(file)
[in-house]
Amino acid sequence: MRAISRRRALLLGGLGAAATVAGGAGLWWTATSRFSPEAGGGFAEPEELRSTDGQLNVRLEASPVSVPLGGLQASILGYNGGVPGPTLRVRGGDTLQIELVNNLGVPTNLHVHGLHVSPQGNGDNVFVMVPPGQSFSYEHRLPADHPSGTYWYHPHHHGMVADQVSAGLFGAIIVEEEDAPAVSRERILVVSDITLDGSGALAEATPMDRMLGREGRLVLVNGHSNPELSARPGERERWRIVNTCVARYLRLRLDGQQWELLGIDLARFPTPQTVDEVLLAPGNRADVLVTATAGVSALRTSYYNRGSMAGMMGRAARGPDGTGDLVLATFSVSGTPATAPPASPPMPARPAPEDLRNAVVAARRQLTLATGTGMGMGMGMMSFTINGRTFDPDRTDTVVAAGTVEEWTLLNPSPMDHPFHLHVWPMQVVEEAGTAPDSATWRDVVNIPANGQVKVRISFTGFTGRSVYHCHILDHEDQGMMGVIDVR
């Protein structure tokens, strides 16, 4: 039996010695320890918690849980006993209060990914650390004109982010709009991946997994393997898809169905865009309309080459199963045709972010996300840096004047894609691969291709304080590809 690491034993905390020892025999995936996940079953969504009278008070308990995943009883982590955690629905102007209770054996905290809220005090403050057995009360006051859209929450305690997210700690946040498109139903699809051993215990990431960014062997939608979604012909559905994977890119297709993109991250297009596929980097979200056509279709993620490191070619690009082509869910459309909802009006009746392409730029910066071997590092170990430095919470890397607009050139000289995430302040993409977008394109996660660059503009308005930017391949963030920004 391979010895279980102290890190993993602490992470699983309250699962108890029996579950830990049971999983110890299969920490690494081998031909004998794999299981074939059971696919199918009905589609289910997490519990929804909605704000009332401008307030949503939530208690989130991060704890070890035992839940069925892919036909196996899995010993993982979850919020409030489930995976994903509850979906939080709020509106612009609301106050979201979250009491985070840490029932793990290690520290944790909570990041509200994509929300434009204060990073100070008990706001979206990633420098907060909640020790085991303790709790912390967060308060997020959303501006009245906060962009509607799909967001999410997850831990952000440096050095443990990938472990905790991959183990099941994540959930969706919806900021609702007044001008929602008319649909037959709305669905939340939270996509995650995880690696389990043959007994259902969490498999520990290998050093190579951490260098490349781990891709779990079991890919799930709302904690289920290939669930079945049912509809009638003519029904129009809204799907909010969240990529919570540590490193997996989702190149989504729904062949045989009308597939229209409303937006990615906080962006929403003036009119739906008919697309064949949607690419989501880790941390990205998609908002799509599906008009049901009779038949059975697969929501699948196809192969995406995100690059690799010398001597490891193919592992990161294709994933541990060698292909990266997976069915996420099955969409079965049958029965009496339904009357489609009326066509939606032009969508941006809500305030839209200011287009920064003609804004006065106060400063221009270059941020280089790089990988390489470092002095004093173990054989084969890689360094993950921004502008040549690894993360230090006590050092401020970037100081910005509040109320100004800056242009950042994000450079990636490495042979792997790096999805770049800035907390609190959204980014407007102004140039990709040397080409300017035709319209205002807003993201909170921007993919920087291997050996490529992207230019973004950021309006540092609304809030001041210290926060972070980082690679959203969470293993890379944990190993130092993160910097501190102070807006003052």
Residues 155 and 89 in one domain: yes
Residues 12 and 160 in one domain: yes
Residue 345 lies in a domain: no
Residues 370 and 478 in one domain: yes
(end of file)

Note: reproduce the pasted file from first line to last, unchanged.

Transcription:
[in-house]
Amino acid sequence: MRAISRRRALLLGGLGAAATVAGGAGLWWTATSRFSPEAGGGFAEPEELRSTDGQLNVRLEASPVSVPLGGLQASILGYNGGVPGPTLRVRGGDTLQIELVNNLGVPTNLHVHGLHVSPQGNGDNVFVMVPPGQSFSYEHRLPADHPSGTYWYHPHHHGMVADQVSAGLFGAIIVEEEDAPAVSRERILVVSDITLDGSGALAEATPMDRMLGREGRLVLVNGHSNPELSARPGERERWRIVNTCVARYLRLRLDGQQWELLGIDLARFPTPQTVDEVLLAPGNRADVLVTATAGVSALRTSYYNRGSMAGMMGRAARGPDGTGDLVLATFSVSGTPATAPPASPPMPARPAPEDLRNAVVAARRQLTLATGTGMGMGMGMMSFTINGRTFDPDRTDTVVAAGTVEEWTLLNPSPMDHPFHLHVWPMQVVEEAGTAPDSATWRDVVNIPANGQVKVRISFTGFTGRSVYHCHILDHEDQGMMGVIDVR
């Protein structure tokens, strides 16, 4: 039996010695320890918690849980006993209060990914650390004109982010709009991946997994393997898809169905865009309309080459199963045709972010996300840096004047894609691969291709304080590809 690491034993905390020892025999995936996940079953969504009278008070308990995943009883982590955690629905102007209770054996905290809220005090403050057995009360006051859209929450305690997210700690946040498109139903699809051993215990990431960014062997939608979604012909559905994977890119297709993109991250297009596929980097979200056509279709993620490191070619690009082509869910459309909802009006009746392409730029910066071997590092170990430095919470890397607009050139000289995430302040993409977008394109996660660059503009308005930017391949963030920004 391979010895279980102290890190993993602490992470699983309250699962108890029996579950830990049971999983110890299969920490690494081998031909004998794999299981074939059971696919199918009905589609289910997490519990929804909605704000009332401008307030949503939530208690989130991060704890070890035992839940069925892919036909196996899995010993993982979850919020409030489930995976994903509850979906939080709020509106612009609301106050979201979250009491985070840490029932793990290690520290944790909570990041509200994509929300434009204060990073100070008990706001979206990633420098907060909640020790085991303790709790912390967060308060997020959303501006009245906060962009509607799909967001999410997850831990952000440096050095443990990938472990905790991959183990099941994540959930969706919806900021609702007044001008929602008319649909037959709305669905939340939270996509995650995880690696389990043959007994259902969490498999520990290998050093190579951490260098490349781990891709779990079991890919799930709302904690289920290939669930079945049912509809009638003519029904129009809204799907909010969240990529919570540590490193997996989702190149989504729904062949045989009308597939229209409303937006990615906080962006929403003036009119739906008919697309064949949607690419989501880790941390990205998609908002799509599906008009049901009779038949059975697969929501699948196809192969995406995100690059690799010398001597490891193919592992990161294709994933541990060698292909990266997976069915996420099955969409079965049958029965009496339904009357489609009326066509939606032009969508941006809500305030839209200011287009920064003609804004006065106060400063221009270059941020280089790089990988390489470092002095004093173990054989084969890689360094993950921004502008040549690894993360230090006590050092401020970037100081910005509040109320100004800056242009950042994000450079990636490495042979792997790096999805770049800035907390609190959204980014407007102004140039990709040397080409300017035709319209205002807003993201909170921007993919920087291997050996490529992207230019973004950021309006540092609304809030001041210290926060972070980082690679959203969470293993890379944990190993130092993160910097501190102070807006003052």
Residues 155 and 89 in one domain: yes
Residues 12 and 160 in one domain: yes
Residue 345 lies in a domain: no
Residues 370 and 478 in one domain: yes